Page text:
China launched the final satellite of the country’s BeiDou-3 constellation early this morning. The constellation will be used to offer GPS-equivalent services to mainland China and beyond.
The BeiDou-3 satellite was launched aboard a Long March 3B/E from the Xichang Satellite Launch Center at 01:43 UTC this morning. Unlike most other missions launched by the Chinese government, there was no need to wait for an official confirmation that the launch had been successful.
In a rare gift of overwhelming transparency, China live-streamed the entire mission from liftoff to deployment. Most notably, a camera that was mounted to the rocket’s upper stage captured spectacular footage of the satellite’s solar arrays unfurling following its deployment.
With the successful deployment of the satellite, China has completed the BeiDou-3 constellation. Consisting of three satellites in inclined geosynchronous orbits, three in geosynchronous orbits, and 24 in Medium Earth orbits, the 30-satellite constellation will offer navigation services similar to the United States GPS system and the Russian GLONASS system.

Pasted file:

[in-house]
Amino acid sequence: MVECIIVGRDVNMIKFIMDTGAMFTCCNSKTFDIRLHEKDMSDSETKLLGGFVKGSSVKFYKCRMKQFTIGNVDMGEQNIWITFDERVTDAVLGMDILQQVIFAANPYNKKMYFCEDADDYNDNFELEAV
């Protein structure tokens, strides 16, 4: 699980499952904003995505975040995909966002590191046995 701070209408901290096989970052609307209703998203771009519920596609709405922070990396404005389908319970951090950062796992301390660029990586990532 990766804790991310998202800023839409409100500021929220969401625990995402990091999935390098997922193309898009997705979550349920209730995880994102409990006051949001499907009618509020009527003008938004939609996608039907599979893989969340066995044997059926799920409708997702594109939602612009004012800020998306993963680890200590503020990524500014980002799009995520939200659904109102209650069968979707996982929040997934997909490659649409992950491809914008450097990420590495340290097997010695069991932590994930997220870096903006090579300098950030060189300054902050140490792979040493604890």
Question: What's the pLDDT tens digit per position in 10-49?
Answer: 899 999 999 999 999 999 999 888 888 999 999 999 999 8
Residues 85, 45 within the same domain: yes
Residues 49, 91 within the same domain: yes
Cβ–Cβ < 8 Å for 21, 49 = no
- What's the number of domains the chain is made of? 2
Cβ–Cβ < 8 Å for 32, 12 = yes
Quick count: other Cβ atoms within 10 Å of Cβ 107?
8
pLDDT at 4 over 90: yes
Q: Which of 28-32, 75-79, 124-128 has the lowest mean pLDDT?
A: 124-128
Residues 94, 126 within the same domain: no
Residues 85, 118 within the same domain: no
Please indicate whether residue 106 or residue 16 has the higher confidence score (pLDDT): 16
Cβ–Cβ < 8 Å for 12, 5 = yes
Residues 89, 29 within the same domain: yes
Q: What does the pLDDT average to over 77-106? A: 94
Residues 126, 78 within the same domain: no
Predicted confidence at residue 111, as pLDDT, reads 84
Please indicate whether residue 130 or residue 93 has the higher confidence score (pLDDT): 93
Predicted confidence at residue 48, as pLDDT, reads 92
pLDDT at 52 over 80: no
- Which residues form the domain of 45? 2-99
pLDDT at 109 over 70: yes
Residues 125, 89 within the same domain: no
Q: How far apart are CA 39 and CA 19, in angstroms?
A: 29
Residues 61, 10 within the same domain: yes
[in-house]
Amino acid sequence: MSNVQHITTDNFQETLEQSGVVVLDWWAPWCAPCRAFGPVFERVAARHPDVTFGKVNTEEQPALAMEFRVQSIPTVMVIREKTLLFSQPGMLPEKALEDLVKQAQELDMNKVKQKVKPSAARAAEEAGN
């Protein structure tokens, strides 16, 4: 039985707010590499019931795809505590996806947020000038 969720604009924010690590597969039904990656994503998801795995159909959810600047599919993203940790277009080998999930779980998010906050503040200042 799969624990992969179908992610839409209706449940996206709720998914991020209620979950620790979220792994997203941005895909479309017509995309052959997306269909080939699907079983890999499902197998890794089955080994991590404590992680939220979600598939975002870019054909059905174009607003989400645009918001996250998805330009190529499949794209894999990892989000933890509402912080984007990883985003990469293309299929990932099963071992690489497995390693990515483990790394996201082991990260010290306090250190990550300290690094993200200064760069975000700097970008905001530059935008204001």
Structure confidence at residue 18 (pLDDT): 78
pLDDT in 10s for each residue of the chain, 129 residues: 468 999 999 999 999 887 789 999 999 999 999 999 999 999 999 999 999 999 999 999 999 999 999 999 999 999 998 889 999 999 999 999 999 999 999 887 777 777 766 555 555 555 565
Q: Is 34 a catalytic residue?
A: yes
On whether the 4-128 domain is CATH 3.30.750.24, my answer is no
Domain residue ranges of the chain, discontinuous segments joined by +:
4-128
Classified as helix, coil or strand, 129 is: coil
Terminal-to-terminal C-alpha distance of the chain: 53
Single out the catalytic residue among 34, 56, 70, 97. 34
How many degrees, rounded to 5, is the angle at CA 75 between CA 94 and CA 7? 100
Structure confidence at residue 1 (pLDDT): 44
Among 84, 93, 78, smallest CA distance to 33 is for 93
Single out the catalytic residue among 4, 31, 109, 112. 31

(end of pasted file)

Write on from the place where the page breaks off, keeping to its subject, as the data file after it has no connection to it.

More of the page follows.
Following this morning’s launch, reports started to surface that the spent Long March 3B/E stages and dropped near populated areas downrange. This is not a unique occurrence and the practice has been criticized internationally for several years.
Although this latest launch from Xichang did not directly threaten populated areas, one section of debris narrowly missed a reservoir in Yuqing county, Guizhou. If the stage had landed in the reservoir, the noxious N2O4/UDMH propellant would likely have poisoned the water beyond practical use.